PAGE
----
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You may be thinking copper and oil have had a great first half of the year, but spare a thought for the soybean oil market, where futures prices have been on a tear over the last six months.

The price of soybean oil has more than tripled in 12 months with spectacular momentum in the CFD market. Spot prices were around the 20 bucks mark in early July last year, and they are now trading at over $64. Prices have been even higher although we have seen a recent short term correction.

The recent reverse from highs of around $74 is arguably the biggest in this market in a year. It begs a couple of questions for traders. What has been driving the price, and will this continue, and what was behind the recent sell-off in June, and what does that mean?

Soybean Oil price drivers

One of the big drivers has been the use of soybean oil as a component of biodiesel, especially in the South American market. In April the government in Brazil cut the biodiesel blend in diesel from 13% down to 10%. Brazil’s Ministry of Mines and Energy has said this reduction will now extend until August at the earliest.

This appears to be a major factor in global soybean oil prices but the big question remains whether this will now see surplus flow being re-directed into the global market. Argentina is also known to be contemplating a reduction in the biodiesel blend (like Brazil, inflation seems to be a factor here), which could mean a surge in soybean oil exports onto the international market from producers there.

Aneeka Gupta, Director of Research at WisdomTree commented “Soybean oil’s stellar price performance has largely been predicated on demand for biodiesel. The Environmental Protection Agency is set to propose renewable fuel requirements within weeks. The targets will dictate how much corn-based ethanol, biodiesel and other renewable fuel oils refiners must blend into their products in 2021 and 2022. The US government is discussing options to provide some relief to refiners on the biofuel blending mandate. Any support measure for refiners to reduce the biodiesel content of fuel could result in weaker demand for soybean oil in the medium term.

Local prices in South America – e.g. Argentina’s FOB Up River price for soybean oil – have been even more dynamic than the spot price in the US. According to Platts data, prices were up over 120% in 12 months in Argentina.

Demand set to grow

Does this mean we will see further corrections in futures prices in 2H? Biofuels seem to be the name of the game here. The US Department of Agriculture has said it expects biofuels will consumer 12bn pounds of soybean oil in the 2021-22 marketing year, this is up from an estimated 9.5bn pounds last year. Production capacity for soy oil is also growing fast as the Biden administration commits the US economy to severely reducing carbon emissions by 2030. StoneX Group recently estimated that US soyoil production capacity will hit 2bn gallons annually by 2023.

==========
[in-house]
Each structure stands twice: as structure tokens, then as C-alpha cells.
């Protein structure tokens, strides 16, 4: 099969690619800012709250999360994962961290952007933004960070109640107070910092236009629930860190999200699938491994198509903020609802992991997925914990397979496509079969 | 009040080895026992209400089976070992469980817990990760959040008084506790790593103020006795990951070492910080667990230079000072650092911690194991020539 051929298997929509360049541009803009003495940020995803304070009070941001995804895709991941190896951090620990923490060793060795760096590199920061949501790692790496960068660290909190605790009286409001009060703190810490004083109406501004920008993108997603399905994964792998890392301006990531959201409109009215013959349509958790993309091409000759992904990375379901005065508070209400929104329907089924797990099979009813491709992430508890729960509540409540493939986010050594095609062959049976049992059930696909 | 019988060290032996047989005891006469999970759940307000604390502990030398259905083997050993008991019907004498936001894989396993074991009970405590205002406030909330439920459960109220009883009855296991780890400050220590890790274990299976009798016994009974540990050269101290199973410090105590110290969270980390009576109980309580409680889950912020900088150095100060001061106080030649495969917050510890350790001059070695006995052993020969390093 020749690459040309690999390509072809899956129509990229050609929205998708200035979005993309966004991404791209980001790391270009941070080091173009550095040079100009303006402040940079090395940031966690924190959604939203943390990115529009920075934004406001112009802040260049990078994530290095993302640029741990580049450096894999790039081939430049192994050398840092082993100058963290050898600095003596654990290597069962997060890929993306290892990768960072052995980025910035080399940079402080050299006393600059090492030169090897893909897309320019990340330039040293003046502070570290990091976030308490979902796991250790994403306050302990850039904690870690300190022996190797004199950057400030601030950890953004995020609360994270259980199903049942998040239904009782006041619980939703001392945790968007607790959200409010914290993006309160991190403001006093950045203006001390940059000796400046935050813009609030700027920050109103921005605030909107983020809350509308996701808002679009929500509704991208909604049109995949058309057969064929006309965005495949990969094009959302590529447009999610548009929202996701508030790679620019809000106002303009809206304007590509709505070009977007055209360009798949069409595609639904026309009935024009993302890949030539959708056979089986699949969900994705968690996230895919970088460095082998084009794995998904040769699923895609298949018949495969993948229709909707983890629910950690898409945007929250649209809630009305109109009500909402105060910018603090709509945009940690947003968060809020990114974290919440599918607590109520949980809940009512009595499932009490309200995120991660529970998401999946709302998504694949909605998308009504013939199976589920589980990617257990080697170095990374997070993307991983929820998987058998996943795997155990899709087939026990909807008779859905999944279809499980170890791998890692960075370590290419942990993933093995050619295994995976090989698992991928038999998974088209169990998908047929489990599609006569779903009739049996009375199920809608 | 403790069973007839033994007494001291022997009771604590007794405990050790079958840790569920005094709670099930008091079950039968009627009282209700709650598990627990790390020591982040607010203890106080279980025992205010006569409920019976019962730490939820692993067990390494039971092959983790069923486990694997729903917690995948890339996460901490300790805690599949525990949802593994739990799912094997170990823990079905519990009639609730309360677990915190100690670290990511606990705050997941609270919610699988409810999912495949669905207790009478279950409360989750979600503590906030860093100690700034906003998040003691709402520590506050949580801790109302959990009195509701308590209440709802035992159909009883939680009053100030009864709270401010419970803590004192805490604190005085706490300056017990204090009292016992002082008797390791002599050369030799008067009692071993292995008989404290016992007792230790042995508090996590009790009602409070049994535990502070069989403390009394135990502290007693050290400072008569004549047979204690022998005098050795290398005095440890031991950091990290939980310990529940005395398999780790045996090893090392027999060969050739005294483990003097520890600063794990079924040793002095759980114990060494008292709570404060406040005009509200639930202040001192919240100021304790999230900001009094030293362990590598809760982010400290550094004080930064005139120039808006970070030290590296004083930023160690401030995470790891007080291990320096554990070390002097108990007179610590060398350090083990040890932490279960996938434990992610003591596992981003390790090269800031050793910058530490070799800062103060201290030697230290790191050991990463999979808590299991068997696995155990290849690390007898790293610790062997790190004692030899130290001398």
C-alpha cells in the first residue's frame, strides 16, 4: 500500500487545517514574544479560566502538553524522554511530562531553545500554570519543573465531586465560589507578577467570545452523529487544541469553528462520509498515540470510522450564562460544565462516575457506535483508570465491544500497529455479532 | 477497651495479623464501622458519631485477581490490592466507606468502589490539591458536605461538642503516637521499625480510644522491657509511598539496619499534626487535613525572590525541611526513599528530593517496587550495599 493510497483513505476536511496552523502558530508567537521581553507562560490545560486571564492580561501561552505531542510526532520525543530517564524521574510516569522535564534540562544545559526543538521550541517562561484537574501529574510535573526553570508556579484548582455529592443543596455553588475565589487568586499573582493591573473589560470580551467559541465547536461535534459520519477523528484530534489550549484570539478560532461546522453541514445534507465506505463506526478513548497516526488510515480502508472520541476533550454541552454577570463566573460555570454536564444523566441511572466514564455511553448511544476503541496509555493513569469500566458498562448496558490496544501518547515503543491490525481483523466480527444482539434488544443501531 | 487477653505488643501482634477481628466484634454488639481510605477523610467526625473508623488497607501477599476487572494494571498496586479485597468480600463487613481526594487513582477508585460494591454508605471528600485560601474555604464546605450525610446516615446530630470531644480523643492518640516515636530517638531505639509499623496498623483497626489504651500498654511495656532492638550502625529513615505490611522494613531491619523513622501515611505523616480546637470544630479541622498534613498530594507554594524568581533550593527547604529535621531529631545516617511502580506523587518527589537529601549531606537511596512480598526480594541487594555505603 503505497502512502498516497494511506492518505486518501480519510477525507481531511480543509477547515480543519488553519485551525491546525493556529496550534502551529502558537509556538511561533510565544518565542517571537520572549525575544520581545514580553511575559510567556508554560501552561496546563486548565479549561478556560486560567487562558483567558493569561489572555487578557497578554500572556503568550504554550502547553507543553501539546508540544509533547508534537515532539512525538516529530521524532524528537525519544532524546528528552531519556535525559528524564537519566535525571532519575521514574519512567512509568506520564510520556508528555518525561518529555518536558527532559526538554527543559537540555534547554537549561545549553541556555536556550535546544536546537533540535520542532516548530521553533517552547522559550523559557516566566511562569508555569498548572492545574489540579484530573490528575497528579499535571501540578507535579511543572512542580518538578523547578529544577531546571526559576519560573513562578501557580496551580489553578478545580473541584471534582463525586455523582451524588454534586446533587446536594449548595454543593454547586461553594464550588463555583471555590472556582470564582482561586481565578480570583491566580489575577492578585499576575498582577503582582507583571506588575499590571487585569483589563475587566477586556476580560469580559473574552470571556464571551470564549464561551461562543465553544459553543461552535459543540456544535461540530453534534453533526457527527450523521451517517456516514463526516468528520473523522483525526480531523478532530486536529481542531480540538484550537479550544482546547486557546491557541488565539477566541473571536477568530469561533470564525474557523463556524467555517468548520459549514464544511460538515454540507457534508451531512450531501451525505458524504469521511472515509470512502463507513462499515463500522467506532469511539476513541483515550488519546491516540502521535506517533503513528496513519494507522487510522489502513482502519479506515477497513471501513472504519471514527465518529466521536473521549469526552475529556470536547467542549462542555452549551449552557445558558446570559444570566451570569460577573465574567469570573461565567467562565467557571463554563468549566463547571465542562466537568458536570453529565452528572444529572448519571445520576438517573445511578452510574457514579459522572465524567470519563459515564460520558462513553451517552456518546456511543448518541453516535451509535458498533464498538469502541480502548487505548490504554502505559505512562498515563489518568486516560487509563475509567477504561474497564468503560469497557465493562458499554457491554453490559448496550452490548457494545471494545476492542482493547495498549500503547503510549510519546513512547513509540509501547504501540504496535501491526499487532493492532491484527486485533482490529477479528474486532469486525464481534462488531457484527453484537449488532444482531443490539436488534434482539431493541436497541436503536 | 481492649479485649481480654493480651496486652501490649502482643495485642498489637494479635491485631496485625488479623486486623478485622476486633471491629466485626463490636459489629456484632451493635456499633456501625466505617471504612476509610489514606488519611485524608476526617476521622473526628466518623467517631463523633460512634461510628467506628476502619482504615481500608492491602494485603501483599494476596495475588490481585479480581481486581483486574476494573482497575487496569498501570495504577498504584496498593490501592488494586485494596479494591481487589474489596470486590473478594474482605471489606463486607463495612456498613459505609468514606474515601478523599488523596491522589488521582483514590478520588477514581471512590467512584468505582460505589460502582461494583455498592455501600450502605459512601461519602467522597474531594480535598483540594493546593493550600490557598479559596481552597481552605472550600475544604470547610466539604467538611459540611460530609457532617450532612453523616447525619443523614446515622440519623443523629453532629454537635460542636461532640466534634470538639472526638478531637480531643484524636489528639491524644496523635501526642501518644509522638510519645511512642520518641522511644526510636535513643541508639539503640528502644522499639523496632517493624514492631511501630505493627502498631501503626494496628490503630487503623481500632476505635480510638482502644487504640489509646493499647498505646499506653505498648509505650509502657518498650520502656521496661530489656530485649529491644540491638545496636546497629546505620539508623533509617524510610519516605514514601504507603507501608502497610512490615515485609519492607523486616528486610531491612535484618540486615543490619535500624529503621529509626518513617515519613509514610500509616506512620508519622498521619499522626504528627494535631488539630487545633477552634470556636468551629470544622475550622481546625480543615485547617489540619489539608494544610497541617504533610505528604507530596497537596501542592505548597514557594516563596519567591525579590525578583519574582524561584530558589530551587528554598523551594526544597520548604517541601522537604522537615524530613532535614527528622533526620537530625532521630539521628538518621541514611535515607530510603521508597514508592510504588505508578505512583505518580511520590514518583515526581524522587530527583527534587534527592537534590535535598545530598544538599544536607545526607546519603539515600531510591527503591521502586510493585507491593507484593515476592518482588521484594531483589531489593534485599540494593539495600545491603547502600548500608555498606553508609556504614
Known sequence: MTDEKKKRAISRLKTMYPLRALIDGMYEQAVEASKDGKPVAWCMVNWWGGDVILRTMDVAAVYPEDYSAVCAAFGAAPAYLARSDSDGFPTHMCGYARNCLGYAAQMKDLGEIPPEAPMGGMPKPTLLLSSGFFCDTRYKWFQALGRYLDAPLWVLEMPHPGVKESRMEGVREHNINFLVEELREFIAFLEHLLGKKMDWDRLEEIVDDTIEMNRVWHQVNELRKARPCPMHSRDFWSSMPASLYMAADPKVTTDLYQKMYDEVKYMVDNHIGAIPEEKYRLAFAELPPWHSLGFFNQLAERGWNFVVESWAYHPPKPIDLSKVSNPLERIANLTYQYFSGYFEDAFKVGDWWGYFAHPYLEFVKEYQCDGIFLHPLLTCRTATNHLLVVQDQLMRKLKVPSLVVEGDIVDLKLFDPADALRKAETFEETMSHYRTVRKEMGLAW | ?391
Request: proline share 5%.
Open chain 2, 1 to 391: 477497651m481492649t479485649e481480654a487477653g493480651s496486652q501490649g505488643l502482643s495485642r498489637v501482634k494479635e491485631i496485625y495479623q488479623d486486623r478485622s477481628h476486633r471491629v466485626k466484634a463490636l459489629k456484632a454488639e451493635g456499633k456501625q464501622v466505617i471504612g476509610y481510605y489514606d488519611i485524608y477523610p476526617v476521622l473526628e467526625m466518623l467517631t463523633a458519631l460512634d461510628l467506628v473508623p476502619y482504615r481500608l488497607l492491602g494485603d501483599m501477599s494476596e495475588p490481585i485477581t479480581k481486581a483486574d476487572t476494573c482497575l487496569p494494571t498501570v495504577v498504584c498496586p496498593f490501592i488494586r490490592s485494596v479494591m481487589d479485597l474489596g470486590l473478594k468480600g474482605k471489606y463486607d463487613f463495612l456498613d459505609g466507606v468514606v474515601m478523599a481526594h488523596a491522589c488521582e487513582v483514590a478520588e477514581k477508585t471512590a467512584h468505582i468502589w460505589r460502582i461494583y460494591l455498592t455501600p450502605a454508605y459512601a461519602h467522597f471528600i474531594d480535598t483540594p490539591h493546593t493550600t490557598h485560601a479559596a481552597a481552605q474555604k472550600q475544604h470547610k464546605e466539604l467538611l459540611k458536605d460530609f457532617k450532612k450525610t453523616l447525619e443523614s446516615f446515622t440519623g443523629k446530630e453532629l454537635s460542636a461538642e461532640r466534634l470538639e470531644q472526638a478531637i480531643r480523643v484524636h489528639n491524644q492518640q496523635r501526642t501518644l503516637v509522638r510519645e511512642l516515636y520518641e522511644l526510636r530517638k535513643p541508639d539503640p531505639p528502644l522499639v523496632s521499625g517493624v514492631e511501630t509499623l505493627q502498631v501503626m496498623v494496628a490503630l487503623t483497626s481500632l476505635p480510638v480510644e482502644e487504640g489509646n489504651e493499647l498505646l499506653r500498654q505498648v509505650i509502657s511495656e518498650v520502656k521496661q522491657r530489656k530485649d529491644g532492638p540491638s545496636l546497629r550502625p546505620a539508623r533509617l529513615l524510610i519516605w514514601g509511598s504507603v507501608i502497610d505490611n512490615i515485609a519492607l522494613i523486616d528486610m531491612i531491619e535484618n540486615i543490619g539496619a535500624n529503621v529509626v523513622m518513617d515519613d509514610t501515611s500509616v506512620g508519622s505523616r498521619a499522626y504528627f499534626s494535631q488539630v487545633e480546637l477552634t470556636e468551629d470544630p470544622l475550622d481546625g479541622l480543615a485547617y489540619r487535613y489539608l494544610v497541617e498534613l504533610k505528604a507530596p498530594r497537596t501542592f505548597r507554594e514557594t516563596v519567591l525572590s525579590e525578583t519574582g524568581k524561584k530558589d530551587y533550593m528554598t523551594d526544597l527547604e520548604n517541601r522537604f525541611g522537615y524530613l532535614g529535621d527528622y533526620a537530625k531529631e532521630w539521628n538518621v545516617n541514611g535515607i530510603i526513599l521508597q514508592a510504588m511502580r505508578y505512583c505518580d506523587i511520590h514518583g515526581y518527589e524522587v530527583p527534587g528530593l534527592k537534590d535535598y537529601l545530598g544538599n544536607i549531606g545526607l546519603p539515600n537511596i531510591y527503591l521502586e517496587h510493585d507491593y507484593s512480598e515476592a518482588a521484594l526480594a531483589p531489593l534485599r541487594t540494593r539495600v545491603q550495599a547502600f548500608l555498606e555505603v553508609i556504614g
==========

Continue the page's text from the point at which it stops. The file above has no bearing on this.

Several major agriculture companies are beefing up their processing capability in response to all this: ADM said it was investing $350m into a new soybean crushing plant in North Dakota which would be ready for the 2023 harvest and could process 150,000 barrels per day. And Cargill is spending $475m on improving its own soy bean crushing plants in seven US states, along with a new renewable diesel plant in Nebraska.

All in all things still look positive for soybean oil. We anticipate more South American product hitting the market in 2H which could apply some short term pressure on prices, but the great shift to zero carbon is going to be a massive factor in this market which we simply have not seen before. If what AMC and Cargill are up to is anything to go by, demand for soybean oil is going to remain strong well into 2022.

Explore Soybean Oil ETFs

Product NameISINExchange TickerListing Currency
WisdomTree Soybean Oil
Hargreaves Lansdown | Interactive Investor | AJ Bell Youinvest | Charles Stanley Direct | EQi
GB00B15KY435SOYOUSD

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Please note this article does not constitute investment advice. Investors are encouraged to do their own research beforehand or consult a professional advisor.

Stuart Fieldhouse

Stuart Fieldhouse

Stuart Fieldhouse has spent 25 years in journalism and marketing, including as a wealth management editor for the Financial Times group, covering capital markets and international private banking, and as an investment banking correspondent for Euromoney in Hong Kong. He was the founder editor of The Hedge Fund Journal.

Stuart has worked at CMC Markets, supporting the re-launch of its global financial spread betting and CFD trading platforms. He is also the author of two books on trading, published by Financial Times Pearson. Based in The Armchair Trader’s London office, Stuart continues to advise fund managers, private banks, family offices and other financial institutions.

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